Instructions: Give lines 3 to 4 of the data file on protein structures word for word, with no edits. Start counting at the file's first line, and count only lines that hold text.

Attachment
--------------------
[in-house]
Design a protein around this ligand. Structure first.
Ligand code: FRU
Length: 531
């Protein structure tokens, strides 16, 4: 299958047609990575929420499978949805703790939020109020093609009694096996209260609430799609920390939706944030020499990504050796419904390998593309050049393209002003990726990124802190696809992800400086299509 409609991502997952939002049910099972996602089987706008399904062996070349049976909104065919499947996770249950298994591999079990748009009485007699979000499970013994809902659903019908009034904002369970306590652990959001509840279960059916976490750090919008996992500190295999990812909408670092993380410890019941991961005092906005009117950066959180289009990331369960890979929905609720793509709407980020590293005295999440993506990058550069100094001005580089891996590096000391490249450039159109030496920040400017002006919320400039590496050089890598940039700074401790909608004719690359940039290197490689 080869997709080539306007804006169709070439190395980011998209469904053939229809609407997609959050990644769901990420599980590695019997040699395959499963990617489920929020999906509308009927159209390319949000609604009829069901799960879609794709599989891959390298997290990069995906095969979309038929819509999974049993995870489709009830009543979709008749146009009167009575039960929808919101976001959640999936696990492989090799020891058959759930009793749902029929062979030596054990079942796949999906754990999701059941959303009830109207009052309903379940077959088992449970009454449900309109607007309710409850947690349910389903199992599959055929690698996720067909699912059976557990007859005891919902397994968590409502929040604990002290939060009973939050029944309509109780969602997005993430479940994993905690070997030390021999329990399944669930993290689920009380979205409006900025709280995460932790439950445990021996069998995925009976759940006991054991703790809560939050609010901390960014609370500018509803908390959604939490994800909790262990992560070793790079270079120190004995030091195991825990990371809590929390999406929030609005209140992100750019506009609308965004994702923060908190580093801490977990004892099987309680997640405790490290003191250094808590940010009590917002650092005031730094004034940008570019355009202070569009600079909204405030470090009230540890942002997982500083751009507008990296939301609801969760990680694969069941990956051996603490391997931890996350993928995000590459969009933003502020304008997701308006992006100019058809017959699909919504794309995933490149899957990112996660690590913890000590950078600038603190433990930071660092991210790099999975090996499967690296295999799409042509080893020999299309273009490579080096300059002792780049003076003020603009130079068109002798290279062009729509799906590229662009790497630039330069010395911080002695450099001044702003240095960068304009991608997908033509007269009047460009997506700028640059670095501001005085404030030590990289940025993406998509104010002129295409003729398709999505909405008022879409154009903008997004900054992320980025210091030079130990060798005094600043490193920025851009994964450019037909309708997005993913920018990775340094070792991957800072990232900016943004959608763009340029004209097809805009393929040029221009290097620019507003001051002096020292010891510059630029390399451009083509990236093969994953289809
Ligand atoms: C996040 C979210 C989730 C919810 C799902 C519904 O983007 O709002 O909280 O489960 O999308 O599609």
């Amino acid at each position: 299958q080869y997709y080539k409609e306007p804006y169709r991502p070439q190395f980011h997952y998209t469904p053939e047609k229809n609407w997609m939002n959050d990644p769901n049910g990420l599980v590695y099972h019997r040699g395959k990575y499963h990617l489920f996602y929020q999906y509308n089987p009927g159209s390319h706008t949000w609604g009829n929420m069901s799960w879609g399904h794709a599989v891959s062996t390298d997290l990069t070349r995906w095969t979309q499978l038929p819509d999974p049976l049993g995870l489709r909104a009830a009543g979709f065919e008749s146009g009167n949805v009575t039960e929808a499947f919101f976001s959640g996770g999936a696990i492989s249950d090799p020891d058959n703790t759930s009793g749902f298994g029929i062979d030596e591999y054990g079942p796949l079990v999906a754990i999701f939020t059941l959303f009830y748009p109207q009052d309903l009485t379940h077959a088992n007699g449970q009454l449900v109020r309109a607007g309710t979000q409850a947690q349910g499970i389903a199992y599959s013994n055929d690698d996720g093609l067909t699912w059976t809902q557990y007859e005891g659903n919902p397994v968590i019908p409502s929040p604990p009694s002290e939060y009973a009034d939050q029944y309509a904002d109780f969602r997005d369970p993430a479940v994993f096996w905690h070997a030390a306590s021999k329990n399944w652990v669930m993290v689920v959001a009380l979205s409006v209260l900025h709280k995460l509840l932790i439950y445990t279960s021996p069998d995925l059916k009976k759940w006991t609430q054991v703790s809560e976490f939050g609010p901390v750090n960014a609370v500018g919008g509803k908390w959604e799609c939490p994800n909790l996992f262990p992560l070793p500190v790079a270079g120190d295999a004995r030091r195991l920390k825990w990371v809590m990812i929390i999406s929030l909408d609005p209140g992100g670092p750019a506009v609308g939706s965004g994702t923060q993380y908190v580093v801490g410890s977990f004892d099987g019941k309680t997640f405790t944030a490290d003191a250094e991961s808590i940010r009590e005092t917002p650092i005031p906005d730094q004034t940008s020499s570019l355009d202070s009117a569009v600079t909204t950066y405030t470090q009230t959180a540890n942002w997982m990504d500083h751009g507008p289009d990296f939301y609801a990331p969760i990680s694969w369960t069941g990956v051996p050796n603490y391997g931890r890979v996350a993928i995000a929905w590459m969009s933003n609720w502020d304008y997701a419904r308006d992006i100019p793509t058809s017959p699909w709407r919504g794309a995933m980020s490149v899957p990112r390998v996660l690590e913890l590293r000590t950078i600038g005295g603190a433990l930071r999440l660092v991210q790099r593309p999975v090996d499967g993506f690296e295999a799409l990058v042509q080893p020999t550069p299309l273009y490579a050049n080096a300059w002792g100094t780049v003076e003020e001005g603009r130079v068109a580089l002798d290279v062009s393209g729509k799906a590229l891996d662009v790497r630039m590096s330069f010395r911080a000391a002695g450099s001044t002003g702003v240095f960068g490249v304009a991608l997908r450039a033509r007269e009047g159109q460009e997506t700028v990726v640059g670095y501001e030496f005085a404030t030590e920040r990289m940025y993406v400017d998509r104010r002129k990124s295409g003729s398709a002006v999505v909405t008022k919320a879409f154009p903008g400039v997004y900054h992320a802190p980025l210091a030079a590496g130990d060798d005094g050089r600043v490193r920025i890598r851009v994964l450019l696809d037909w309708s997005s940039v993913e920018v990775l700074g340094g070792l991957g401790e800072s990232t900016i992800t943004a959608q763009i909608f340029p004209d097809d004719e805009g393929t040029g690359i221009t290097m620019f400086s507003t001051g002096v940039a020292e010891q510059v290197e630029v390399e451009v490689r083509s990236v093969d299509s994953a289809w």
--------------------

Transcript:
Ligand code: FRU
Length: 531